Who will you honor on D-Day’s 75th anniversary?

By Gloria Lloyd
News Editor
glorialloyd@callnewspapers.com

Gloria Lloyd

As you can read in this issue of The Call, this week the Oakville High School Tiger Band will be one of the few bands from the United States granted the honor of performing in Normandy, France, for the 75th anniversary of D-Day.

This is not just an honor for Oakville, South County or Missouri, but for all Americans.

So who will you honor on the anniversary of D-Day?

There are fewer and fewer veterans of World War II around, but we should each know some of them.

Among the many fundraisers band members conducted this past year to get to France, one of the most successful was “Take a Veteran to D-Day,” in which you could send the name of a veteran to be carried by one of the Oakville students on the beaches at Omaha during this historic milestone anniversary.

Although the deadline may have passed to physically send your veterans’ names to France, we can all pause on this day, June 6, to remember those who served in the Greatest Generation in any capacity.

In my own family, I sent the name of my grandfather, Herb Lloyd, who was a medic in both World War II and the Korean War.

I also sent the name of my great-uncle with a Purple Heart, Ralph Christin, who was shot but lived because of the Bible tucked in the pocket over his heart. It is a family memento to this day.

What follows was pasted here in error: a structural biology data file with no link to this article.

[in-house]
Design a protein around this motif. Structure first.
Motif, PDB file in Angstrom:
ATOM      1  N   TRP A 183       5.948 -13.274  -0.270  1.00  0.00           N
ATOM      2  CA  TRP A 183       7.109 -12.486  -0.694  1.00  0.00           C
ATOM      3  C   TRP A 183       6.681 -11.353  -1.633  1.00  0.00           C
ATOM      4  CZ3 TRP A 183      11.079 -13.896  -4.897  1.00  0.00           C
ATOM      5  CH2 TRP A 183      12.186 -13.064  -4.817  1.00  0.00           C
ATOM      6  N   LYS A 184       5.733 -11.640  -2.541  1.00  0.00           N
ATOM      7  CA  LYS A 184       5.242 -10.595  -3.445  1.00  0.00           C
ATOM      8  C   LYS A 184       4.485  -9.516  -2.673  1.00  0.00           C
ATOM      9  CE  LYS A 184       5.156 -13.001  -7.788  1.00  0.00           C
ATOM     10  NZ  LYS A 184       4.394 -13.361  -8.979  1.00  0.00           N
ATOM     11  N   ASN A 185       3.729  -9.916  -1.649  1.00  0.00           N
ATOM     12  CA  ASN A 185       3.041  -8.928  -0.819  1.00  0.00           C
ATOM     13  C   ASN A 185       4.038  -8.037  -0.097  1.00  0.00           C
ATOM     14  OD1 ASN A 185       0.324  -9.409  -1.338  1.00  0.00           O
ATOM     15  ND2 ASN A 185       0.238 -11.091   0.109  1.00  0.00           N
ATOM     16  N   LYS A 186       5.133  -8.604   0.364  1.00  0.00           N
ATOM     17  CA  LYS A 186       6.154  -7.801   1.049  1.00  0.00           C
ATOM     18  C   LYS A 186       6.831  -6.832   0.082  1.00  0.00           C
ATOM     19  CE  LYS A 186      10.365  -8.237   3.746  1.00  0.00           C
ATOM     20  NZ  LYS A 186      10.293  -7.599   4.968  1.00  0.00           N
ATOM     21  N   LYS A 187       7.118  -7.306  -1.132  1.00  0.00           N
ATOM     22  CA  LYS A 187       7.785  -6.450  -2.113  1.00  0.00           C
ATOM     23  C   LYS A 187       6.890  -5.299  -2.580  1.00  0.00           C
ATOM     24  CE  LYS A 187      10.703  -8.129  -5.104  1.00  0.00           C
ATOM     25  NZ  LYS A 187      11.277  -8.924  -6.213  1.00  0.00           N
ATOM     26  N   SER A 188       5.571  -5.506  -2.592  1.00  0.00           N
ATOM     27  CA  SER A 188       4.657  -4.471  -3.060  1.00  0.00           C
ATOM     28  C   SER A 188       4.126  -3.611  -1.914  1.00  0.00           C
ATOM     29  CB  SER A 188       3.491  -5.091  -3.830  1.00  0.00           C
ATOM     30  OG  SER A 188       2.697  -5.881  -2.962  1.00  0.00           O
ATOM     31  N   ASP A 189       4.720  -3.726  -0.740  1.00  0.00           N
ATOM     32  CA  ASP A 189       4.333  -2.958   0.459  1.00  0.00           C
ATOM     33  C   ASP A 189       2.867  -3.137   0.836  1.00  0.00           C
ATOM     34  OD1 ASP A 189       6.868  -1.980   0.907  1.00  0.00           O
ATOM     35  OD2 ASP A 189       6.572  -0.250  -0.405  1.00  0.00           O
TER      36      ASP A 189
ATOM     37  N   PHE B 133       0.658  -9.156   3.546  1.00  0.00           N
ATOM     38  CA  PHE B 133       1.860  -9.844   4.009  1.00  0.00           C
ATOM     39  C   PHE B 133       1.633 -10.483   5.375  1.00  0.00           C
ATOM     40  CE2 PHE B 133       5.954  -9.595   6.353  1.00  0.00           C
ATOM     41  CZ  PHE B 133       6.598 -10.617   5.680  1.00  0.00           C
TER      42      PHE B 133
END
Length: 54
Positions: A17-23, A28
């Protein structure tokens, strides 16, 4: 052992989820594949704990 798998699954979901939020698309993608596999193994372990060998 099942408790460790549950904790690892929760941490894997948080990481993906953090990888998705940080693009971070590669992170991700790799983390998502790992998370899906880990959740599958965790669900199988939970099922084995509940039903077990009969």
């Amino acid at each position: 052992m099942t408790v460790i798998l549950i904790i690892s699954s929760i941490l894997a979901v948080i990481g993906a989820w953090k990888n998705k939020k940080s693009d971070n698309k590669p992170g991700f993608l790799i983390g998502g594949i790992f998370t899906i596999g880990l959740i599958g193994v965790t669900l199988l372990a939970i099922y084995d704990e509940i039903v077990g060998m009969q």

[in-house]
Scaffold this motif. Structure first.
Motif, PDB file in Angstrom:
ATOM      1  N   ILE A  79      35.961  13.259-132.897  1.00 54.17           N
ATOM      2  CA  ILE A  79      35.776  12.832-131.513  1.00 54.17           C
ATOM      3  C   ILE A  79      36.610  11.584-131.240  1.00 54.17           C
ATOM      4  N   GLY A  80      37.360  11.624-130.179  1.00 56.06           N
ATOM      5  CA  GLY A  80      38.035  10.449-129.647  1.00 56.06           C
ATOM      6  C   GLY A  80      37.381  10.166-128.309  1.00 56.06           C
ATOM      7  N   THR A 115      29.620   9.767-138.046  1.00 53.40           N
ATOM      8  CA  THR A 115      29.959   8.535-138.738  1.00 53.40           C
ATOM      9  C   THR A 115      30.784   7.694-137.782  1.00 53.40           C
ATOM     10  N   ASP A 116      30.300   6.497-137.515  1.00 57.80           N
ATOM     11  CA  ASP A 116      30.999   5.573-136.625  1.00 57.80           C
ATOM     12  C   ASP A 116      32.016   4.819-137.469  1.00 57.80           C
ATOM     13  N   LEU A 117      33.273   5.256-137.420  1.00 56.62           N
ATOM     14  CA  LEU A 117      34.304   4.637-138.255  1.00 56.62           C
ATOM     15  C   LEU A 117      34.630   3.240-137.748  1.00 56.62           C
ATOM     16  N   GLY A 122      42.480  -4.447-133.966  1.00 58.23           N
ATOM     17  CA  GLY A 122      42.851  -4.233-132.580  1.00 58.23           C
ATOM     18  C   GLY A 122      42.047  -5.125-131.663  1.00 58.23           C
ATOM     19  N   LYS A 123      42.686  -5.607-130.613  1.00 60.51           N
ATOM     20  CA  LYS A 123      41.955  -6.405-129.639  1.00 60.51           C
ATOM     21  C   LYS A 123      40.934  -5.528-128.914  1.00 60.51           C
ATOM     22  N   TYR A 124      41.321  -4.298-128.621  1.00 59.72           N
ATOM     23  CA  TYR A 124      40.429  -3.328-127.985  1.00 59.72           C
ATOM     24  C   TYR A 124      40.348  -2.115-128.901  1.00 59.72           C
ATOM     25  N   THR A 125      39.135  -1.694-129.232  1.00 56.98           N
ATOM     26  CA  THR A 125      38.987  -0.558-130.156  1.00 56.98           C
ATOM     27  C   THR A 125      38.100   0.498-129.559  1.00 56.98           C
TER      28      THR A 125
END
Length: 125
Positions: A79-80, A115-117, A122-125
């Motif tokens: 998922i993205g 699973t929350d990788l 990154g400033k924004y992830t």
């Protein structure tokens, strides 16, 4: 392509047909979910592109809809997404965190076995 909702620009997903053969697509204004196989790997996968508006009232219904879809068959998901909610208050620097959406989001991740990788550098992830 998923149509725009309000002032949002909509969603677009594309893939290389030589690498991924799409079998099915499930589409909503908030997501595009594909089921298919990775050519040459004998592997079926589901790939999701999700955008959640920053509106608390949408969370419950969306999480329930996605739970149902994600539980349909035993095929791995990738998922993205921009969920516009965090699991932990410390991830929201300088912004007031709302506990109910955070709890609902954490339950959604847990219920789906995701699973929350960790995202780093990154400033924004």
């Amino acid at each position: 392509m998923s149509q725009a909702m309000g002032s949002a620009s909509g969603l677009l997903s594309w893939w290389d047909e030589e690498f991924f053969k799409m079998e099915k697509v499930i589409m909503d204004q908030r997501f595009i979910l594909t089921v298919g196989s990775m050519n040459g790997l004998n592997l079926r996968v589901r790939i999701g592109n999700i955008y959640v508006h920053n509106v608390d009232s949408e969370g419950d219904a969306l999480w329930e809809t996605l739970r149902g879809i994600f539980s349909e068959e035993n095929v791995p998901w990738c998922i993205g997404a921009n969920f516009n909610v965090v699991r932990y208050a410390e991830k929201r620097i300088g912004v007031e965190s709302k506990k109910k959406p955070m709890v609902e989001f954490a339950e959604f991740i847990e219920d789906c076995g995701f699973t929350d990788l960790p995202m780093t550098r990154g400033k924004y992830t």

My mother’s brother, John McFarland, served in the Vietnam War and later died an early death which she attributes in part to Agent Orange. A cousin of a cousin, Art Bollinger, was shot down in a plane over Laos in 1974, near the end of the war. Until he moved this year, a friend who volunteered with Wreaths Across America always decorated his grave at Arlington National for me.

Of course I had to send the name of the veteran closest to my heart, my brother Roger Lloyd, who served in the Persian Gulf War. So did my cousin, Myron McFarland. Although I was young, I vividly remember hanging stars on the front of our house, hoping they would come back.

They did, but not everyone does, as South County knows too well.

Some of the local heroes who never came back now decorate the names of area post offices and highways — Sgt. Amanda Pinson and Lt. Daniel P. Riordan.

So who will you honor this D-Day?

We all have someone to remember.

And if you don’t, now you do.